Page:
Sports Medicine Research: In the Lab & In the Field: Head Impact Exposures Prior to a Concussion (Sports Med Res)


Wednesday, November 28, 2018

Head Impact Exposures Prior to a Concussion

Comparison of Head Impact Exposure Between Concussed Football Athletes and Matched Controls: Evidence for a Possible Second Mechanism of Sport-Related Concussion.

Stemper BD, Shah A, Harezlak J, Rowson S, Mihalik JP, Duma SM, Riggen LD, Brooks A, Cameron KL, Campbell D, DiFiori JP, Giza CC, Guskiewicz KM, Jackson J, McGinty GT, Svoboda SJ, McAllister TW, Broglio SP, McCrea M; CARE Consortium Investigators. Ann Biomed Eng. 2018. [Epub ahead of print]

Take Home Message: Athletes with a concussion had greater exposure to head impacts on either the day of injury or in the season leading up to the injury compared to peers matched on the same team and playing the same position.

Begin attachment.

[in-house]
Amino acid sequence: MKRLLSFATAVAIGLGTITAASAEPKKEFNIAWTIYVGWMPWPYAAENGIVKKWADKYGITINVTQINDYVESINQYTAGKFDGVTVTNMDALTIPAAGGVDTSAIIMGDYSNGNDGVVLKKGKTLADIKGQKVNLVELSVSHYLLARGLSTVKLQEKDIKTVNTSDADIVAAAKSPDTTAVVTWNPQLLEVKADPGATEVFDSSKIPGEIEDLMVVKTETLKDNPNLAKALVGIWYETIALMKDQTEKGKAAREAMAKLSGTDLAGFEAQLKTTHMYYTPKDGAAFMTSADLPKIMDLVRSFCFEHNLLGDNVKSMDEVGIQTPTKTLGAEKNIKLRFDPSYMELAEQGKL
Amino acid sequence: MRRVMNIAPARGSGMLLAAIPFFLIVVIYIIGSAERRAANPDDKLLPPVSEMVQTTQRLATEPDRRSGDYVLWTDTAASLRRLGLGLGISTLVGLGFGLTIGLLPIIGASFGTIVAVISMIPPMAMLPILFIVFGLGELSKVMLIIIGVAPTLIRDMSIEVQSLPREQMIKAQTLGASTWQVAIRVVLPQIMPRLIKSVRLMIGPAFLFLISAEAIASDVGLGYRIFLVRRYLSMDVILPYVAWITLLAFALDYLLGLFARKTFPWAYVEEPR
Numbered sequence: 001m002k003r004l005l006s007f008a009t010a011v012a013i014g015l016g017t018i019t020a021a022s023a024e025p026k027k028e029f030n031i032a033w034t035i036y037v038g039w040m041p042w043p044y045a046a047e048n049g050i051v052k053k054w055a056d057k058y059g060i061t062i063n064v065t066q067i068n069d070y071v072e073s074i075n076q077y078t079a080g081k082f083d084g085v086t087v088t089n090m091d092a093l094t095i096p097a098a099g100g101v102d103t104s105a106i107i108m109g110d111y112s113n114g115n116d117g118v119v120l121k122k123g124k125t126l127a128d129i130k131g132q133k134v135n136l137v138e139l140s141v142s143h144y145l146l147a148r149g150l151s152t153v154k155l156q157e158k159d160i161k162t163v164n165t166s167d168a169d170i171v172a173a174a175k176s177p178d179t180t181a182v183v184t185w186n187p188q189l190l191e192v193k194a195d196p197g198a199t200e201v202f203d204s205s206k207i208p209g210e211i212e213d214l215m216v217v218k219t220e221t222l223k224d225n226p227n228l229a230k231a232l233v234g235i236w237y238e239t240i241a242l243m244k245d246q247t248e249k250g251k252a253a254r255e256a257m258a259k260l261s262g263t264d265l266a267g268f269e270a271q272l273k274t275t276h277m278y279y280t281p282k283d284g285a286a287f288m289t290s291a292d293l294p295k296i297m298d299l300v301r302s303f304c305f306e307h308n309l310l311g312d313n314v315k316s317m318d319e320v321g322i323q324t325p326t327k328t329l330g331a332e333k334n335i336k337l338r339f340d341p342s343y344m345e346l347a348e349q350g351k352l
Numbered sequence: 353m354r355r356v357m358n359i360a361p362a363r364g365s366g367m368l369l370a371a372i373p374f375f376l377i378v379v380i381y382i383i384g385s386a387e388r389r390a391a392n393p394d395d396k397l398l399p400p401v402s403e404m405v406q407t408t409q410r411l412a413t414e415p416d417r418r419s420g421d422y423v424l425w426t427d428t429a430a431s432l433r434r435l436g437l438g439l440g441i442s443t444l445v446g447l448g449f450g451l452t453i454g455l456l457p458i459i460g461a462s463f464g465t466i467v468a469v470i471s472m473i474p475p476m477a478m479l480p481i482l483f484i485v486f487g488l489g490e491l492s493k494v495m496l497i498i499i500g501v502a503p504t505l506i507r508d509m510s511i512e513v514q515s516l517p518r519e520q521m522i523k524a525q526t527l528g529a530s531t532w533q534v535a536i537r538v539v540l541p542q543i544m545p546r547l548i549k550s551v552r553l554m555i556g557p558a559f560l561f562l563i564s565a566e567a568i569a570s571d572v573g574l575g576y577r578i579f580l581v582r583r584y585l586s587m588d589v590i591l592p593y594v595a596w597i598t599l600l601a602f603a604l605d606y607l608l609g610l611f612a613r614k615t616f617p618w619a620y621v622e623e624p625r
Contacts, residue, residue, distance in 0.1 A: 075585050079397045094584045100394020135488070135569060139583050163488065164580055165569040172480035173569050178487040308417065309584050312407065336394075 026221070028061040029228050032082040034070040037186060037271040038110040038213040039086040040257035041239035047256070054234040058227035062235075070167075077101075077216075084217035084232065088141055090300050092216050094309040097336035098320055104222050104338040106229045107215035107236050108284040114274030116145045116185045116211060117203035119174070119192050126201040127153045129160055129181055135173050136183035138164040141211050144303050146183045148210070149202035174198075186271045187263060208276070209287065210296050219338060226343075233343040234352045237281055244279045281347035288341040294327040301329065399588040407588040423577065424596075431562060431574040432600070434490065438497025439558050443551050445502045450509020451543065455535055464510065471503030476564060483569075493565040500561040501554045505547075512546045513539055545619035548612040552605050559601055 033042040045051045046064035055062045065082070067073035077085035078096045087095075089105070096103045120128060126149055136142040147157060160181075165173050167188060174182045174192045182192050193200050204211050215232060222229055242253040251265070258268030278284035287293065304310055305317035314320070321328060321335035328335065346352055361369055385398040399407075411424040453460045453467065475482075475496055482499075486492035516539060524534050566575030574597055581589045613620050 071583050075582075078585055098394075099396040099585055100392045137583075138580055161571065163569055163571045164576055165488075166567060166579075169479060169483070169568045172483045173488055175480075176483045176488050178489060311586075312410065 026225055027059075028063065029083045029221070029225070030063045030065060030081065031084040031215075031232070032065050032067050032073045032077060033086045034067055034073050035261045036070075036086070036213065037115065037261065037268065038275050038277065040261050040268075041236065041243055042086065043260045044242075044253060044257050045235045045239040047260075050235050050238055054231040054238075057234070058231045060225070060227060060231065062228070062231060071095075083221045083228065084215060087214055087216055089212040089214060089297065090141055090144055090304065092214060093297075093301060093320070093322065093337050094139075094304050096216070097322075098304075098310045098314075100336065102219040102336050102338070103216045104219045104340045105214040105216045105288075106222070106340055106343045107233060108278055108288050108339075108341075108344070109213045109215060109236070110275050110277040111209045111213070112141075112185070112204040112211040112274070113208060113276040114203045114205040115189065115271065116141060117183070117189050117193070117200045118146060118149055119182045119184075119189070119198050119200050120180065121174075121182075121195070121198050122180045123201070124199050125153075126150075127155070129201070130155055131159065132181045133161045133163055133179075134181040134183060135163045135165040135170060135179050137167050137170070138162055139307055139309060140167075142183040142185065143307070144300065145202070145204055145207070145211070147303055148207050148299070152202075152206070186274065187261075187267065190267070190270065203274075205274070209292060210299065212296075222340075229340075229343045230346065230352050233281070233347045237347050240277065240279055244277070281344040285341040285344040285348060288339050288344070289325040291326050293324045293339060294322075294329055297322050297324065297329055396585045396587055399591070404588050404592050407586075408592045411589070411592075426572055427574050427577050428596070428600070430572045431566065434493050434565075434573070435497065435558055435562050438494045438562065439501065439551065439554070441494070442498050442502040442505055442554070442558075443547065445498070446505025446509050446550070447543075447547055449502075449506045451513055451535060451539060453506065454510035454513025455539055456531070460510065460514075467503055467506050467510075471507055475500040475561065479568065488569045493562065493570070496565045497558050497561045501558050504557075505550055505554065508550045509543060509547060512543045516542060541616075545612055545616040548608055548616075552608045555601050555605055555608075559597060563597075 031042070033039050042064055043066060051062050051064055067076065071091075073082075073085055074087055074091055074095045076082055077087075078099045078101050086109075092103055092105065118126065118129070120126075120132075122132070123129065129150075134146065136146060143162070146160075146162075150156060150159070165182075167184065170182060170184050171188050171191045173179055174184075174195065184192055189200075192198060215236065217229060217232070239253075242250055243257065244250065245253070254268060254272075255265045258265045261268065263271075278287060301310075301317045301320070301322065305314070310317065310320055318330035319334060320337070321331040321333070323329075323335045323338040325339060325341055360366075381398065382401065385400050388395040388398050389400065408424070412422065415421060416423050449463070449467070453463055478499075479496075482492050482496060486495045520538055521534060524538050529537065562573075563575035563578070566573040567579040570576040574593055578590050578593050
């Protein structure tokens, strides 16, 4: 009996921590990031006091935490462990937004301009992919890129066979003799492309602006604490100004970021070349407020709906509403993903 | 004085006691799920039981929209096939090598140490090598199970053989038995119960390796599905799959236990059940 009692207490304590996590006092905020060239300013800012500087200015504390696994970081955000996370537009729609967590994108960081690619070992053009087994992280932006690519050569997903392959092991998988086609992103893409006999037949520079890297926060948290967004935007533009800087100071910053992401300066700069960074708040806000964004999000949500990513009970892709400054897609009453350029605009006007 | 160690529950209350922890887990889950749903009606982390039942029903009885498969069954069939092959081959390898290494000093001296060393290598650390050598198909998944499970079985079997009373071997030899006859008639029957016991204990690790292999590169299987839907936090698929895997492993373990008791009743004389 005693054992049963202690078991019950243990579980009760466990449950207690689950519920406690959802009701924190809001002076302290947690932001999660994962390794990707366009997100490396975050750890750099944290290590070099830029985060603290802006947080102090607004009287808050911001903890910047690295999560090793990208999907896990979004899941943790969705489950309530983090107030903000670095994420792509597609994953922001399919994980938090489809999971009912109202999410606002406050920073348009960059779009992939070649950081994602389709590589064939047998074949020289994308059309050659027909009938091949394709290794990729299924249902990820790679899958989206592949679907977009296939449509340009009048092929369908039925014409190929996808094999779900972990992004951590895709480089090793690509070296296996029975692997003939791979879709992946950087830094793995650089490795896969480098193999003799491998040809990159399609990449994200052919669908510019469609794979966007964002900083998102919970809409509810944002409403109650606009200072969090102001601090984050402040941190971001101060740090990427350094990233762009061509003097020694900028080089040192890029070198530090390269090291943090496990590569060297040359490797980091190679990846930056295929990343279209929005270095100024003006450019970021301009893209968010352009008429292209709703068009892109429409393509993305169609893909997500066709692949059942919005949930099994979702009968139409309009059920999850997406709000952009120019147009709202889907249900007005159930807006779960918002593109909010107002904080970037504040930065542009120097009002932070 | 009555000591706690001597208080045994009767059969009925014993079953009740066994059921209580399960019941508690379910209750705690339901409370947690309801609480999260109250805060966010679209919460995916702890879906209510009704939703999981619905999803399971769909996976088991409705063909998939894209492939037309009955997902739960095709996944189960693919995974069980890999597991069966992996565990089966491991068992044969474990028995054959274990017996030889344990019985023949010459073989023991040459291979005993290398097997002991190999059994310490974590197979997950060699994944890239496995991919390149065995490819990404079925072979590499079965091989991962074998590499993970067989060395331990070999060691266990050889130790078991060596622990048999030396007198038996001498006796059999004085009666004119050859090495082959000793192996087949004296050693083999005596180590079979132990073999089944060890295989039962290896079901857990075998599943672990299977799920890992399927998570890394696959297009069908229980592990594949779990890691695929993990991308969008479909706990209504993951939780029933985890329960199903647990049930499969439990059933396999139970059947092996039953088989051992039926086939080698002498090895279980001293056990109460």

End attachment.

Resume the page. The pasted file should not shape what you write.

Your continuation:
Authors conducting biomechanical concussion research have suggested that repetitive head impact exposure (lifelong or recent) may increase a player’s risk for concussion due to a decrease in concussive tolerance. However, much of this prior research involved no control group, a small cohort of athletes with a concussion, or only one competitive season. Therefore, the authors collected head impact data from the 2015-2017 fall and spring seasons at 6 institutions (part of the NCAA CARE Consortium) to determine differences in repetitive head impact exposure between 50 college football athletes with a concussion compared to healthy peers (~4 per concussed). Each team’s medical staff diagnosed a concussion with a standardized concussion evaluation. The authors selected a control group by finding athletes without a concussion, who participated in 33% of the season, and who were exposed to the same practice and game conditions per team and position. Head impacts were measured using the HIT System, embedded in each athlete’s helmet. The authors calculated head impact exposure for each athlete using the number of recorded head impacts and cumulative injury risk (cumulative severity based on the linear and rotational acceleration data). During the 6 seasons a total of 424,059 head impacts were recorded. Interestingly, athletes without a concussion sustained 4,589 head impacts with greater acceleration (linear and rotational) than the average accelerations among athletes with a concussion (~71g’s), and 249,160 head impacts with acceleration greater than the lowest magnitude of a concussive impact. However, 72% of athletes with a concussion recorded greater exposure to head impacts on the injury date or the season leading up to that injury date when compared to their matched controls. The authors found that 43% of the athletes with a concussion had the most severe head impact on the day of injury compared to their matched peers. Additionally, 46% of athletes with a concussion had the most severe head impact exposure for the season leading to the date of injury compared to their matched peers.